A classic game. I can see why it’s always so highly recommended as introductory hex & counter fare. Will be keeping this one in the collection. However, it's going to be a while before I play it!

Next, I tackle something completely different, GMT's Labyrinth with the Awakening Expansion. So shifting from classic, basic hex and counter with CRT to a CDG area control game.
35 
 Thumb up
3.00
 tip
 Hide
  • [+] Dice rolls
Lee Troutman
United States
Bowie
Maryland
flag msg tools
badge
I am called Huginn..., or is it Muninn..., I forget...
Avatar
mbmbmbmbmb
I noticed you didn't mention the Italian Theater...whistle

Seriously though, great AAR on a treasured (by me anyway) old warhorse. One of the few SPI games from that era that I still dust off and play every now and then.
5 
 Thumb up
 tip
 Hide
  • [+] Dice rolls
Barry Kendall
United States
Lebanon
Pennsylvania
flag msg tools
designer
mbmbmbmbmb

Seriously though, great AAR on a treasured (by me anyway) old warhorse. One of the few SPI games from that era that I still dust off and play every now and then. [/q]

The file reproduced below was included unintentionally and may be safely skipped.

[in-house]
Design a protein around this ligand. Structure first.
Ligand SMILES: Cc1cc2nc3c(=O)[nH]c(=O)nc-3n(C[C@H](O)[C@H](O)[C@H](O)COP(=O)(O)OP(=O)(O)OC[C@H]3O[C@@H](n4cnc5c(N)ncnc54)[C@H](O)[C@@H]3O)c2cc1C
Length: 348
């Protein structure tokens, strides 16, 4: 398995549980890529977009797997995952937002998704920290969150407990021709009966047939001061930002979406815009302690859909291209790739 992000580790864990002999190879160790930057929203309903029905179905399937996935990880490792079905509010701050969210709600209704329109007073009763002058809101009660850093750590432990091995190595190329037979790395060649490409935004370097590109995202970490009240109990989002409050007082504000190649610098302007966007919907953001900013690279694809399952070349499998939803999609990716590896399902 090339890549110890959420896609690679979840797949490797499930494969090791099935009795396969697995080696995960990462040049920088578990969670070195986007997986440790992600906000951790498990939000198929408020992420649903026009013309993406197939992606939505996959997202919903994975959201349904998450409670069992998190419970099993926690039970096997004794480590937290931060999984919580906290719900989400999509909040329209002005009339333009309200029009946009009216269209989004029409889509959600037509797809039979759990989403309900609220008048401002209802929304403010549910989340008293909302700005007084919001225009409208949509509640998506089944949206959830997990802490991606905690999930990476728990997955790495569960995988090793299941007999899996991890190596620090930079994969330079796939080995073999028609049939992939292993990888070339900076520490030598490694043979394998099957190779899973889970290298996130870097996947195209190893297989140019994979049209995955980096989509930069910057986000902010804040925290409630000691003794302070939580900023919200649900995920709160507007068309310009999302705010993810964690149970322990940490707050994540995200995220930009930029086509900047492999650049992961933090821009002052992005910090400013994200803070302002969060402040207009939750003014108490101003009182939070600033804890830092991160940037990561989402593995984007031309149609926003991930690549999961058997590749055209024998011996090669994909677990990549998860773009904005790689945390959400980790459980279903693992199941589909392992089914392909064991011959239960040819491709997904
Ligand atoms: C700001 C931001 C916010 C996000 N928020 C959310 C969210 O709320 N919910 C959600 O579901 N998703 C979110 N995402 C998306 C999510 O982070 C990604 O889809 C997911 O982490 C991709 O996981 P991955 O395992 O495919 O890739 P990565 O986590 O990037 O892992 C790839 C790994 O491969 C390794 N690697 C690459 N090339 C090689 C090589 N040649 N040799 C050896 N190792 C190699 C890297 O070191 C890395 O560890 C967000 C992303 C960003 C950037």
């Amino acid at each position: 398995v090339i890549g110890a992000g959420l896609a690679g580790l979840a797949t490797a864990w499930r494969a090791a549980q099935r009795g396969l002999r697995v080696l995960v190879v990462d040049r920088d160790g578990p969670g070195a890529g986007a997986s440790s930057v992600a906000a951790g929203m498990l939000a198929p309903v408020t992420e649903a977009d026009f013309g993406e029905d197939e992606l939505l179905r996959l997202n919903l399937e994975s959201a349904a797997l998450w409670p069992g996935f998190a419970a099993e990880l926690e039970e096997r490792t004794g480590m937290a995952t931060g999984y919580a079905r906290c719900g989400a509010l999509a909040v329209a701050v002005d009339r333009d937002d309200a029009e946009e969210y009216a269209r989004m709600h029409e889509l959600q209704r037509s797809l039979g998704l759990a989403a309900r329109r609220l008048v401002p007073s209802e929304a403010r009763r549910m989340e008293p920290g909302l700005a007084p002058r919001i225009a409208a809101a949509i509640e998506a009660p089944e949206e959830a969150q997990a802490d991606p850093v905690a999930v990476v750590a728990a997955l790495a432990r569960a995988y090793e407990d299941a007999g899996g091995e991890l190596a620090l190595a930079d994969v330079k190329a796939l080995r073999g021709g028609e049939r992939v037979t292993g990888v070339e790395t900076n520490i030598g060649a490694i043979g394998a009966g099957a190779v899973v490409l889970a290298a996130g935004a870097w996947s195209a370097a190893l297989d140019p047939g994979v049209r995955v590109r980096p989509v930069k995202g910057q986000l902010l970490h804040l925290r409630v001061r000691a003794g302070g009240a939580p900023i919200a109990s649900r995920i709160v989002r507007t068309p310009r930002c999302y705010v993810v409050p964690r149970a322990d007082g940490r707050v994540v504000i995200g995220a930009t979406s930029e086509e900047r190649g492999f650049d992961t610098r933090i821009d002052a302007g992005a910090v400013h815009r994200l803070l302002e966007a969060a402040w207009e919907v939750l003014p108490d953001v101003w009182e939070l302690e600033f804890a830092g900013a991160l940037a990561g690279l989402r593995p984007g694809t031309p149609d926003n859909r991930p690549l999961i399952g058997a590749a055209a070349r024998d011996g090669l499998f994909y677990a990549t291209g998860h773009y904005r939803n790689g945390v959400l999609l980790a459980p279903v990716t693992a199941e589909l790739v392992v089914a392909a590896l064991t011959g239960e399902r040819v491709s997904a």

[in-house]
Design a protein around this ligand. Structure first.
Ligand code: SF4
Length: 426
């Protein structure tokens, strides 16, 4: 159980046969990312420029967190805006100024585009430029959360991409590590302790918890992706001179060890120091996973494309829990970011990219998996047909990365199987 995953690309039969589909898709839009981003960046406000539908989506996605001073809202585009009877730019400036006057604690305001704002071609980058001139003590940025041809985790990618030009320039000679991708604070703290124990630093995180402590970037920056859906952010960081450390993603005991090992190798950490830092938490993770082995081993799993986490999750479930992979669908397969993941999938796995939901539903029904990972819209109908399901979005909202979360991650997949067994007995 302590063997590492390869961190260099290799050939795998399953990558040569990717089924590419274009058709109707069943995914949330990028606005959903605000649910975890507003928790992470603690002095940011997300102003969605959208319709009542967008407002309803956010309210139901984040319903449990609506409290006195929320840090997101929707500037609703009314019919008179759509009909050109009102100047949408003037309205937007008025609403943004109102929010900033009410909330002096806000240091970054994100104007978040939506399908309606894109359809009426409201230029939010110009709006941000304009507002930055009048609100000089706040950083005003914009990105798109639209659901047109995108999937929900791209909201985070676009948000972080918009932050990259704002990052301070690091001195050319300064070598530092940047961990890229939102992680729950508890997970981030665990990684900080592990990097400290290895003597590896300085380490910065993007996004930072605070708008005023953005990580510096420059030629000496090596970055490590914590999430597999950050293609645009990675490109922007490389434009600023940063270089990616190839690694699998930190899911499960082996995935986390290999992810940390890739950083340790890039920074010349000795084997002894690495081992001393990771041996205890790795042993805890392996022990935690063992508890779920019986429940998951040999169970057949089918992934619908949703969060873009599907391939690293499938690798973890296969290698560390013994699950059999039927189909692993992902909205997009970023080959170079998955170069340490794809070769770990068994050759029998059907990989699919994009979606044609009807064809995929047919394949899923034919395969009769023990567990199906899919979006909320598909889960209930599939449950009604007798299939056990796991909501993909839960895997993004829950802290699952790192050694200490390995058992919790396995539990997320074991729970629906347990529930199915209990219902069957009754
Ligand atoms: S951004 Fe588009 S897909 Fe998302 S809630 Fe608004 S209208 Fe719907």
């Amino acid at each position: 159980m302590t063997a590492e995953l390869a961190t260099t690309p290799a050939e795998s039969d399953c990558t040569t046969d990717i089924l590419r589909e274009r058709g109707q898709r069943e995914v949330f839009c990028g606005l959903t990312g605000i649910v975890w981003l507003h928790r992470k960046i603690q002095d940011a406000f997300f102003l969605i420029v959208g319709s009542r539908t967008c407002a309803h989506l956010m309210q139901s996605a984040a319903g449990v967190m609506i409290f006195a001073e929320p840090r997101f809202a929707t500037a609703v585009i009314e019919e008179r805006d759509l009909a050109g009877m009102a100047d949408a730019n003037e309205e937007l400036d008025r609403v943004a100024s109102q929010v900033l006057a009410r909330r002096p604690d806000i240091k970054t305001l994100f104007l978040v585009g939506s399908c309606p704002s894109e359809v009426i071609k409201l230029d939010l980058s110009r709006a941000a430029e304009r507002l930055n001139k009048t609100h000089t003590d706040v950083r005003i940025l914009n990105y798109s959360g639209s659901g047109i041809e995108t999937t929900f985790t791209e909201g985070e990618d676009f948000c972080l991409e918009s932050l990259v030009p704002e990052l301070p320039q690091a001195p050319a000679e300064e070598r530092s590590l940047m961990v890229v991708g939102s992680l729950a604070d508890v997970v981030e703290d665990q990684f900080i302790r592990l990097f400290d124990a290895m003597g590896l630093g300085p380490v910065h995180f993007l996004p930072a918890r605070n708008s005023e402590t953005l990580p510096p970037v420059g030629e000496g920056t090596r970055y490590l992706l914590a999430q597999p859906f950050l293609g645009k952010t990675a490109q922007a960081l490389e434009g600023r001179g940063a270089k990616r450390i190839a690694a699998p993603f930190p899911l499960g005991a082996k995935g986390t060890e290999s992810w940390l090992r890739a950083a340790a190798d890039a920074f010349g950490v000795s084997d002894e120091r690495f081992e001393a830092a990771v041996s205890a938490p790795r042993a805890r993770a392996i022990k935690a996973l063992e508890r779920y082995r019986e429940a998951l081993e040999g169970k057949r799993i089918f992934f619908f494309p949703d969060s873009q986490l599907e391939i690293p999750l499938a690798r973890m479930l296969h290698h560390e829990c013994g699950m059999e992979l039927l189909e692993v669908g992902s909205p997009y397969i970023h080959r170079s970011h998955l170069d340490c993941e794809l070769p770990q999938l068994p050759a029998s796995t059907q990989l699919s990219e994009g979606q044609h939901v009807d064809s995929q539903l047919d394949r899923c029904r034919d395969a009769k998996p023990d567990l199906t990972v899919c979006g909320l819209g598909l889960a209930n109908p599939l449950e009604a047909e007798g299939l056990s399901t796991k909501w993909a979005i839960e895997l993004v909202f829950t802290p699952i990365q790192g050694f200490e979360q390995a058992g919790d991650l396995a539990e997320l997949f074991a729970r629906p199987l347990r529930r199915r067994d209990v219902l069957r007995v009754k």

Agreed. This game was very well conceived and executed. I've played it many a time solo and still enjoy it.

The idea also gave rise to a number of other "east-west" play-both-sides-somewhere designs (even DG's "1863!") and the drama of the '44-'45 situation makes for some great scenarios in games such as "Mighty Endeavor II" and "Liberty/Victory Roads."

Good report (and thanks for the photos!).
4 
 Thumb up
 tip
 Hide
  • [+] Dice rolls
Bill Eldard
United States
Burke
Virginia
flag msg tools
mbmbmbmbmb
Barry Kendall wrote:
Quote:

Seriously though, great AAR on a treasured (by me anyway) old warhorse. One of the few SPI games from that era that I still dust off and play every now and then.


Agreed. This game was very well conceived and executed. I've played it many a time solo and still enjoy it.